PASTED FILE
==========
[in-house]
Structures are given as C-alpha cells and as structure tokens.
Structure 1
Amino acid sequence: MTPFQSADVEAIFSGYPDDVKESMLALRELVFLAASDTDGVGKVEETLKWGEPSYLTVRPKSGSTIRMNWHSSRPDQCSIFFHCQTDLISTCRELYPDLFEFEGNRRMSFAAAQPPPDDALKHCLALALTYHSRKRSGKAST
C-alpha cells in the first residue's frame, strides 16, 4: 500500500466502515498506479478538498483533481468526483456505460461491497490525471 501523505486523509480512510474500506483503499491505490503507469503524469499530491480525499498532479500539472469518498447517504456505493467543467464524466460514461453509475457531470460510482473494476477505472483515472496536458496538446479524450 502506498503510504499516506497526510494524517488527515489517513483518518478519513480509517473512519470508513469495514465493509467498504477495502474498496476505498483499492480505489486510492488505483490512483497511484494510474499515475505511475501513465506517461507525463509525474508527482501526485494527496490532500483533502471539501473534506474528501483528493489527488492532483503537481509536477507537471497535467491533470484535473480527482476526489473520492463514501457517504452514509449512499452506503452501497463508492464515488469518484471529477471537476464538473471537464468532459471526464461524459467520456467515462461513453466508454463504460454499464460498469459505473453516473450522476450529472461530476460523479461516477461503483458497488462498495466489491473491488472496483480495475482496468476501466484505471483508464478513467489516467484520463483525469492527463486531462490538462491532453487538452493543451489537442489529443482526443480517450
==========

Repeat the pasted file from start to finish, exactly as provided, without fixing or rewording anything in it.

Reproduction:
[in-house]
Structures are given as C-alpha cells and as structure tokens.
Structure 1
Amino acid sequence: MTPFQSADVEAIFSGYPDDVKESMLALRELVFLAASDTDGVGKVEETLKWGEPSYLTVRPKSGSTIRMNWHSSRPDQCSIFFHCQTDLISTCRELYPDLFEFEGNRRMSFAAAQPPPDDALKHCLALALTYHSRKRSGKAST
C-alpha cells in the first residue's frame, strides 16, 4: 500500500466502515498506479478538498483533481468526483456505460461491497490525471 501523505486523509480512510474500506483503499491505490503507469503524469499530491480525499498532479500539472469518498447517504456505493467543467464524466460514461453509475457531470460510482473494476477505472483515472496536458496538446479524450 502506498503510504499516506497526510494524517488527515489517513483518518478519513480509517473512519470508513469495514465493509467498504477495502474498496476505498483499492480505489486510492488505483490512483497511484494510474499515475505511475501513465506517461507525463509525474508527482501526485494527496490532500483533502471539501473534506474528501483528493489527488492532483503537481509536477507537471497535467491533470484535473480527482476526489473520492463514501457517504452514509449512499452506503452501497463508492464515488469518484471529477471537476464538473471537464468532459471526464461524459467520456467515462461513453466508454463504460454499464460498469459505473453516473450522476450529472461530476460523479461516477461503483458497488462498495466489491473491488472496483480495475482496468476501466484505471483508464478513467489516467484520463483525469492527463486531462490538462491532453487538452493543451489537442489529443482526443480517450